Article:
Color Balance and Time of the Day
Early morning and late afternoon light outdoors produces a warmer, more reddish color balance than you will get at midday.
In photography, there is a color of light called "daylight". However, over the course of the day, the light can change from a warm red at sunrise, to a cold blue at noon, and then back to a warm red or orange at sunset. "Daylight" on the color temperature scale is really set for midday sun between 10 A.M. and 2P.M on a clear day. During these hours, colors appear clear, bright, and accurately rendered in the photo.
Before and after midday, light from the sun is modified by the extra distance it travels through the Earth's atmosphere. Some of the blue light is filtered out, leaving the light with a more reddish cast than at midday. This is easily seen very early or late in the day when the light is often quite red-orange in tone. The change in color will affect your pictures strongly, but this reddish cast is a wonderful light to photograph in.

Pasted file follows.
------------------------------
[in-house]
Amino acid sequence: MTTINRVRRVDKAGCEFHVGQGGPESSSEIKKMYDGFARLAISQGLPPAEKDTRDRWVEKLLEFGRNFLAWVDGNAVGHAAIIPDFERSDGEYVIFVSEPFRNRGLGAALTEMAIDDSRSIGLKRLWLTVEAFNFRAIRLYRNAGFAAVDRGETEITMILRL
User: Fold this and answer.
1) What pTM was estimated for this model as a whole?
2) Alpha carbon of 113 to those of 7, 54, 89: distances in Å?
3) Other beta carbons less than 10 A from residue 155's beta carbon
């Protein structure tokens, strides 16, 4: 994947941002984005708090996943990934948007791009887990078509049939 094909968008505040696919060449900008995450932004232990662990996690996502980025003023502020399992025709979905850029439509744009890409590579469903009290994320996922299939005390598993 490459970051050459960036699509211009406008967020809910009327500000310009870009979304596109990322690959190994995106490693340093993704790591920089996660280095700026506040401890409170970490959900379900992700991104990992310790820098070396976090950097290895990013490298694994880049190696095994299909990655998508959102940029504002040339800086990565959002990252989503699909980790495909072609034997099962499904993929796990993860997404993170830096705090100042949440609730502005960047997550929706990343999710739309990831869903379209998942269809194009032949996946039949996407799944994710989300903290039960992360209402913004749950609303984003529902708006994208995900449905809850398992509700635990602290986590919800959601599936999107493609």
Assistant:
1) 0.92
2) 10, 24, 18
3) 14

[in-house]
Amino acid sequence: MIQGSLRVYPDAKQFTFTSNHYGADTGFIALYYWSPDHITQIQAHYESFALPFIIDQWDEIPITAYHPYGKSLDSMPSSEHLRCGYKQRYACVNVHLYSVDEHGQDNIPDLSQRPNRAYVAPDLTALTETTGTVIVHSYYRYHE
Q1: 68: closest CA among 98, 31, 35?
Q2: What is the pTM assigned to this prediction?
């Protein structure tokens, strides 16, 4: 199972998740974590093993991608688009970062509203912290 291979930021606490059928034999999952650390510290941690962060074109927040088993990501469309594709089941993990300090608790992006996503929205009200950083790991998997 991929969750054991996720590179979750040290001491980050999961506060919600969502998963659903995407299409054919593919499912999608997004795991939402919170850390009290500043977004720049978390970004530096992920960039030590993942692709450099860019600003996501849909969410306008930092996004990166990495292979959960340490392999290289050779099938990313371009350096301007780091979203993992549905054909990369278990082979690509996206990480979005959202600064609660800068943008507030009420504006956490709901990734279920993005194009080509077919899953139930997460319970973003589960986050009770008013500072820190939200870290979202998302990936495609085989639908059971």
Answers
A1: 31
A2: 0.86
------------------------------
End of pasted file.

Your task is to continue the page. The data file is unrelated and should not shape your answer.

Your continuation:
Just before dawn and at dusk(top), colors often appear muted or monochromatic. During these hours when light is relatively dim, you often have to use an extra-long exposure time.
Midday light on a sunny day(bottom) produces colors that appear natural and accurately rendered.